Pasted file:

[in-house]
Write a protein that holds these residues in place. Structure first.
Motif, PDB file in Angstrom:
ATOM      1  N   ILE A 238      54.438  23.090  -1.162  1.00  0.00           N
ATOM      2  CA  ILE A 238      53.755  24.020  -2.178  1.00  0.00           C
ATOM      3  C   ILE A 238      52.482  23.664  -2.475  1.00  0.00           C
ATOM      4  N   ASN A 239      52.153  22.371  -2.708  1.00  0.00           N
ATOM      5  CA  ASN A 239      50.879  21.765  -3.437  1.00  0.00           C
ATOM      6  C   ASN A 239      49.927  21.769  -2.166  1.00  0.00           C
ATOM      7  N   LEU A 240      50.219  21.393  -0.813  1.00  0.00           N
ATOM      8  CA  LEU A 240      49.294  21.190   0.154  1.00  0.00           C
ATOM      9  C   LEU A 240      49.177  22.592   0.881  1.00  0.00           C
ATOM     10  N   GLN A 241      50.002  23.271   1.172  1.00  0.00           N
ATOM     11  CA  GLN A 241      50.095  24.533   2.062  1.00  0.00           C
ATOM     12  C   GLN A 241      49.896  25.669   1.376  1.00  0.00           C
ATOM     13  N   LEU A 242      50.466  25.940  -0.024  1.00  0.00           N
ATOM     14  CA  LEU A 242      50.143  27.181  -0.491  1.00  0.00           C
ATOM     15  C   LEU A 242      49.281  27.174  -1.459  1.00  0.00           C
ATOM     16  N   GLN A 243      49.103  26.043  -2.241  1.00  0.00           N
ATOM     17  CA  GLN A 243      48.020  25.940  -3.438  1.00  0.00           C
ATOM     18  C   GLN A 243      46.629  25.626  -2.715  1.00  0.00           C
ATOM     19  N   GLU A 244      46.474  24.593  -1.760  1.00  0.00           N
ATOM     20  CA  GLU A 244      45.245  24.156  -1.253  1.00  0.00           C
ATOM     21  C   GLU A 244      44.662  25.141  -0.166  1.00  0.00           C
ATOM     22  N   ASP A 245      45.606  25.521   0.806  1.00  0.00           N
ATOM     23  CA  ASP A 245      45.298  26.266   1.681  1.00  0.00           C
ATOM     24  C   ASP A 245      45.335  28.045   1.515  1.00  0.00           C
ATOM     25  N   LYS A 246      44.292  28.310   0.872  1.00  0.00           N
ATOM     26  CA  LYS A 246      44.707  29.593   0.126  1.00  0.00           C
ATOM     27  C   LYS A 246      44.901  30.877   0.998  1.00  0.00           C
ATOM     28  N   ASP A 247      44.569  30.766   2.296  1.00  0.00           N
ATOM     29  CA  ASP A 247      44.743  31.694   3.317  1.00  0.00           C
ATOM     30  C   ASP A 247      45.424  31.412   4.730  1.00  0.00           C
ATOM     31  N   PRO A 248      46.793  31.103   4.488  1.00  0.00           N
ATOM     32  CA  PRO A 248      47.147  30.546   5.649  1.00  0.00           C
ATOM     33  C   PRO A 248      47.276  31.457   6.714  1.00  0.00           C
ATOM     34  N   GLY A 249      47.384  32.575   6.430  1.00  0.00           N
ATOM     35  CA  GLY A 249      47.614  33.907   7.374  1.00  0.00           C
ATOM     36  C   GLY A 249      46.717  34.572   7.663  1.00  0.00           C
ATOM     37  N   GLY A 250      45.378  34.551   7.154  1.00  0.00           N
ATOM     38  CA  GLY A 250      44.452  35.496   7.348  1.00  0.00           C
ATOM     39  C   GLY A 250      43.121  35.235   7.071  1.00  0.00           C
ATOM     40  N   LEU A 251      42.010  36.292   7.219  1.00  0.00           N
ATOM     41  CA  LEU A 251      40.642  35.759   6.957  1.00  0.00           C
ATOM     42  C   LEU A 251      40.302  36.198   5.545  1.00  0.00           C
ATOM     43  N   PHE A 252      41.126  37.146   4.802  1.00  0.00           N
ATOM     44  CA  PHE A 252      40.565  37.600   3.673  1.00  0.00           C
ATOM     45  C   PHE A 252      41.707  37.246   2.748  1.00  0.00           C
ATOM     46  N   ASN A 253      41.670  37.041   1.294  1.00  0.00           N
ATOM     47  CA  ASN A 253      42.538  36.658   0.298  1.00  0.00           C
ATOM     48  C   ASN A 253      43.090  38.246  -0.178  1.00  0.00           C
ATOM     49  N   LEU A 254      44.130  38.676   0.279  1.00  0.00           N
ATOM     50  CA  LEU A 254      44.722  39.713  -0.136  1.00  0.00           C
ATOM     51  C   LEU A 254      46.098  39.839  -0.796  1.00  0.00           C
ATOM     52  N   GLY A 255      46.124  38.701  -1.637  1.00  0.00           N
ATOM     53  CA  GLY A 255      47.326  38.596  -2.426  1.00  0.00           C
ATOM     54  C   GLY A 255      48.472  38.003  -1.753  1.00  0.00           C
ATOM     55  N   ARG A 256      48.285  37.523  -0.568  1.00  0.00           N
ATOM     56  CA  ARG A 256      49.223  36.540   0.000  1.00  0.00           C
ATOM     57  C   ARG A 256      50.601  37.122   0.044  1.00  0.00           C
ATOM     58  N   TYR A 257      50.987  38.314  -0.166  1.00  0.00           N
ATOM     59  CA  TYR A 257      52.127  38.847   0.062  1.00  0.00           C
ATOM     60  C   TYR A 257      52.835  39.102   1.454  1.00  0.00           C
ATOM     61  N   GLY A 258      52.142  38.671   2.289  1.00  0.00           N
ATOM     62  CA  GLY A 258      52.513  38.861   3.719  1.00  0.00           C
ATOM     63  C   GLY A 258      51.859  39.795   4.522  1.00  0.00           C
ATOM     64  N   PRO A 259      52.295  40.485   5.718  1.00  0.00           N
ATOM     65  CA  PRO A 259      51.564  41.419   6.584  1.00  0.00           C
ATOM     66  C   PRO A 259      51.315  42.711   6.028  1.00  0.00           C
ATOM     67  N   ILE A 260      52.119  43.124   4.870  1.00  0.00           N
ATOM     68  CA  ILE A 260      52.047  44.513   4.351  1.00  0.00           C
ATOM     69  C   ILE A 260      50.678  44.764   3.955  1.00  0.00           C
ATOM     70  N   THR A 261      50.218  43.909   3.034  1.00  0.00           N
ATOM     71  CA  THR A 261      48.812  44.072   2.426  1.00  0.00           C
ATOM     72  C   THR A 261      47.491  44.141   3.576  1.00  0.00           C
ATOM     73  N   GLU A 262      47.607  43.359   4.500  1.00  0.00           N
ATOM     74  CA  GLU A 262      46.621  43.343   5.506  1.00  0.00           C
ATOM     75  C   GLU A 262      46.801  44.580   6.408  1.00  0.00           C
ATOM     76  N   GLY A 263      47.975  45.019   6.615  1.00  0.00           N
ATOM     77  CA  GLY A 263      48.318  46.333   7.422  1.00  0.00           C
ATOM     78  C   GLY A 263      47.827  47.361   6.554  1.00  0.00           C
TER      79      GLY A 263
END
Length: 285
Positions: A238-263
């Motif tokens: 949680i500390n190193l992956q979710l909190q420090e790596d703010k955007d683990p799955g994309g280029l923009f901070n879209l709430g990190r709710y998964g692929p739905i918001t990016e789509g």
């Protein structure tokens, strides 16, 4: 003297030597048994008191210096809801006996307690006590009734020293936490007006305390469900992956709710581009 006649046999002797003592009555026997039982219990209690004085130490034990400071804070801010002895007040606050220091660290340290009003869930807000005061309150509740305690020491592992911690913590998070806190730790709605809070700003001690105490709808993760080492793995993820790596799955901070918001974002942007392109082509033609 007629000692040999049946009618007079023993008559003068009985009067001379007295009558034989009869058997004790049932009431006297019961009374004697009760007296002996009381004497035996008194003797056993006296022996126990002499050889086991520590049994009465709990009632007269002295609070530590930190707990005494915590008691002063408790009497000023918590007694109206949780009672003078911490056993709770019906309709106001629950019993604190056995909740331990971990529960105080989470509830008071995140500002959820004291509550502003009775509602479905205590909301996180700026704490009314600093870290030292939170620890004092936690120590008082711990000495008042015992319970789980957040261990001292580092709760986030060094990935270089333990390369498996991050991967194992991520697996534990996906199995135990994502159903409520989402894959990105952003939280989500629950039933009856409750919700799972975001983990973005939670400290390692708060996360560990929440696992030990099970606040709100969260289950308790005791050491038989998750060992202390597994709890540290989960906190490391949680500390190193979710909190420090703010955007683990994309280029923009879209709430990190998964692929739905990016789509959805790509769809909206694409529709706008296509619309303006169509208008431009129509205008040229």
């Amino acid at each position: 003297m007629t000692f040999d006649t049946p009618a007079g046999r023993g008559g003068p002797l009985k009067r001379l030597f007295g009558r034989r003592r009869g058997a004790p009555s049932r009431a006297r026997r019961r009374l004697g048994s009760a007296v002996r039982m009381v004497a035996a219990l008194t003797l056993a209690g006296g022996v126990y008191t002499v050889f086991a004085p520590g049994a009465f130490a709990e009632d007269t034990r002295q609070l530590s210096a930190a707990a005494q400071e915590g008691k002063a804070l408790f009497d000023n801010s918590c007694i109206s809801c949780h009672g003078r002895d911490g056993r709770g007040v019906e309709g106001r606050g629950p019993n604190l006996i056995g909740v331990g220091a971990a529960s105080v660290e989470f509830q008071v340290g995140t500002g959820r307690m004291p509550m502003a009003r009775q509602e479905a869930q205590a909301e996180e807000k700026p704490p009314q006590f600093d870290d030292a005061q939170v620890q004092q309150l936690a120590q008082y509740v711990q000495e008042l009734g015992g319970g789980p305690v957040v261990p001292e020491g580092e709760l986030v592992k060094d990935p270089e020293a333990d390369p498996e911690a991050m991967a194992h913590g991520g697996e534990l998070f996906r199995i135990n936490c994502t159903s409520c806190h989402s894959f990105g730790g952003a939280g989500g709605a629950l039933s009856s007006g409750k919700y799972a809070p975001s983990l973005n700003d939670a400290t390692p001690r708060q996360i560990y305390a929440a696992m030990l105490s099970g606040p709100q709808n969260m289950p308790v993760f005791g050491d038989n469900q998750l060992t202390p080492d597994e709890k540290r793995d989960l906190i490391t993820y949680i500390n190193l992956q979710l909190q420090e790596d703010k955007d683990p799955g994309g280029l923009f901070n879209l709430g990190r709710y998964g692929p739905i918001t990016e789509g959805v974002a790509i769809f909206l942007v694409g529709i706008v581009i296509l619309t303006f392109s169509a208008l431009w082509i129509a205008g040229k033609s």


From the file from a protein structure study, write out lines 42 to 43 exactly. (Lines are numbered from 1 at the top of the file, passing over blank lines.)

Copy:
ATOM     39  C   GLY A 250      43.121  35.235   7.071  1.00  0.00           C
ATOM     40  N   LEU A 251      42.010  36.292   7.219  1.00  0.00           N